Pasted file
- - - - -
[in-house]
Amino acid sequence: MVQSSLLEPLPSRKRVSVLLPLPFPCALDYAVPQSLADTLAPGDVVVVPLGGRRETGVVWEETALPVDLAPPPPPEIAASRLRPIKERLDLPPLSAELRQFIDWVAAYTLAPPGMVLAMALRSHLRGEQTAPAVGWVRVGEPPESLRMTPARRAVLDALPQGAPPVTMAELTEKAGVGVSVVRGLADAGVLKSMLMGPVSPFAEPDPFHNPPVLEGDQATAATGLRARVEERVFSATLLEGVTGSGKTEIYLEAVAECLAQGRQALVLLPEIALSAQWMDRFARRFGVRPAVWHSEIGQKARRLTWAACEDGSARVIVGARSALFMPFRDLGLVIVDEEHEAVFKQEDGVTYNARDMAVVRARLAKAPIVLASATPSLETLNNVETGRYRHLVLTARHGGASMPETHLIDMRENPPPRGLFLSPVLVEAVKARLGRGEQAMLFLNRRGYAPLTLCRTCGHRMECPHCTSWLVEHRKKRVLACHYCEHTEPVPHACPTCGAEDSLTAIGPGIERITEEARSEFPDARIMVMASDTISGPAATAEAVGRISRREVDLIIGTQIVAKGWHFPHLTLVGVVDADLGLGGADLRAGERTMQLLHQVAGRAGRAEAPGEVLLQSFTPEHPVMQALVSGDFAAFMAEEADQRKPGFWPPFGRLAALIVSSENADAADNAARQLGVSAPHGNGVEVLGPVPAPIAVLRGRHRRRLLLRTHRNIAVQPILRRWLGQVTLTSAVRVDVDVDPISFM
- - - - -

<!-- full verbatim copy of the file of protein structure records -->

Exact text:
[in-house]
Amino acid sequence: MVQSSLLEPLPSRKRVSVLLPLPFPCALDYAVPQSLADTLAPGDVVVVPLGGRRETGVVWEETALPVDLAPPPPPEIAASRLRPIKERLDLPPLSAELRQFIDWVAAYTLAPPGMVLAMALRSHLRGEQTAPAVGWVRVGEPPESLRMTPARRAVLDALPQGAPPVTMAELTEKAGVGVSVVRGLADAGVLKSMLMGPVSPFAEPDPFHNPPVLEGDQATAATGLRARVEERVFSATLLEGVTGSGKTEIYLEAVAECLAQGRQALVLLPEIALSAQWMDRFARRFGVRPAVWHSEIGQKARRLTWAACEDGSARVIVGARSALFMPFRDLGLVIVDEEHEAVFKQEDGVTYNARDMAVVRARLAKAPIVLASATPSLETLNNVETGRYRHLVLTARHGGASMPETHLIDMRENPPPRGLFLSPVLVEAVKARLGRGEQAMLFLNRRGYAPLTLCRTCGHRMECPHCTSWLVEHRKKRVLACHYCEHTEPVPHACPTCGAEDSLTAIGPGIERITEEARSEFPDARIMVMASDTISGPAATAEAVGRISRREVDLIIGTQIVAKGWHFPHLTLVGVVDADLGLGGADLRAGERTMQLLHQVAGRAGRAEAPGEVLLQSFTPEHPVMQALVSGDFAAFMAEEADQRKPGFWPPFGRLAALIVSSENADAADNAARQLGVSAPHGNGVEVLGPVPAPIAVLRGRHRRRLLLRTHRNIAVQPILRRWLGQVTLTSAVRVDVDVDPISFM